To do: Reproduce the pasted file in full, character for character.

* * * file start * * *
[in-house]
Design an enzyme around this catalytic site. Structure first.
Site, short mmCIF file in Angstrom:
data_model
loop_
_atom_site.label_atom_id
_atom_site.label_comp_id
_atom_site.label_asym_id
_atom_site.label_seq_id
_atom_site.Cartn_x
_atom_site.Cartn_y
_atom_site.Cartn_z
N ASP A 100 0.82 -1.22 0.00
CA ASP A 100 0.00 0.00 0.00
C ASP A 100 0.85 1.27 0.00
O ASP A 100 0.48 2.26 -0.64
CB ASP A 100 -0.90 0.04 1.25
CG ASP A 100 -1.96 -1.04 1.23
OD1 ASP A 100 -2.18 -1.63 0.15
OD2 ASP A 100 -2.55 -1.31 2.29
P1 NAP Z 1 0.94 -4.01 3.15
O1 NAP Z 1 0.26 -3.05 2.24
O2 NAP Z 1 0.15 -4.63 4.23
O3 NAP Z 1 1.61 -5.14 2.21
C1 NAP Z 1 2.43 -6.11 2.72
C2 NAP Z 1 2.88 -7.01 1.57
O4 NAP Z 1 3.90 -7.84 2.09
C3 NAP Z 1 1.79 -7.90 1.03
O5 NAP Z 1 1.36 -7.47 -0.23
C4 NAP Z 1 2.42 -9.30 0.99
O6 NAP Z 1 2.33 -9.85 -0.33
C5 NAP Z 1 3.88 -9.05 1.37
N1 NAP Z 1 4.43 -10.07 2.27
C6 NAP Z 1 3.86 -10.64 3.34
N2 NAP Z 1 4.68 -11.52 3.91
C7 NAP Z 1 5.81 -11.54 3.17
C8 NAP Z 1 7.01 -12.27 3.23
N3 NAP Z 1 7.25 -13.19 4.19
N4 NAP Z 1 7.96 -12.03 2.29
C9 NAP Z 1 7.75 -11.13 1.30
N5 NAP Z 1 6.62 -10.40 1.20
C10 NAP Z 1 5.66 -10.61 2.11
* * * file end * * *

[in-house]
Design an enzyme around this catalytic site. Structure first.
Site, short mmCIF file in Angstrom:
data_model
loop_
_atom_site.label_atom_id
_atom_site.label_comp_id
_atom_site.label_asym_id
_atom_site.label_seq_id
_atom_site.Cartn_x
_atom_site.Cartn_y
_atom_site.Cartn_z
N ASP A 100 0.82 -1.22 0.00
CA ASP A 100 0.00 0.00 0.00
C ASP A 100 0.85 1.27 0.00
O ASP A 100 0.48 2.26 -0.64
CB ASP A 100 -0.90 0.04 1.25
CG ASP A 100 -1.96 -1.04 1.23
OD1 ASP A 100 -2.18 -1.63 0.15
OD2 ASP A 100 -2.55 -1.31 2.29
P1 NAP Z 1 0.94 -4.01 3.15
O1 NAP Z 1 0.26 -3.05 2.24
O2 NAP Z 1 0.15 -4.63 4.23
O3 NAP Z 1 1.61 -5.14 2.21
C1 NAP Z 1 2.43 -6.11 2.72
C2 NAP Z 1 2.88 -7.01 1.57
O4 NAP Z 1 3.90 -7.84 2.09
C3 NAP Z 1 1.79 -7.90 1.03
O5 NAP Z 1 1.36 -7.47 -0.23
C4 NAP Z 1 2.42 -9.30 0.99
O6 NAP Z 1 2.33 -9.85 -0.33
C5 NAP Z 1 3.88 -9.05 1.37
N1 NAP Z 1 4.43 -10.07 2.27
C6 NAP Z 1 3.86 -10.64 3.34
N2 NAP Z 1 4.68 -11.52 3.91
C7 NAP Z 1 5.81 -11.54 3.17
C8 NAP Z 1 7.01 -12.27 3.23
N3 NAP Z 1 7.25 -13.19 4.19
N4 NAP Z 1 7.96 -12.03 2.29
C9 NAP Z 1 7.75 -11.13 1.30
N5 NAP Z 1 6.62 -10.40 1.20
C10 NAP Z 1 5.66 -10.61 2.11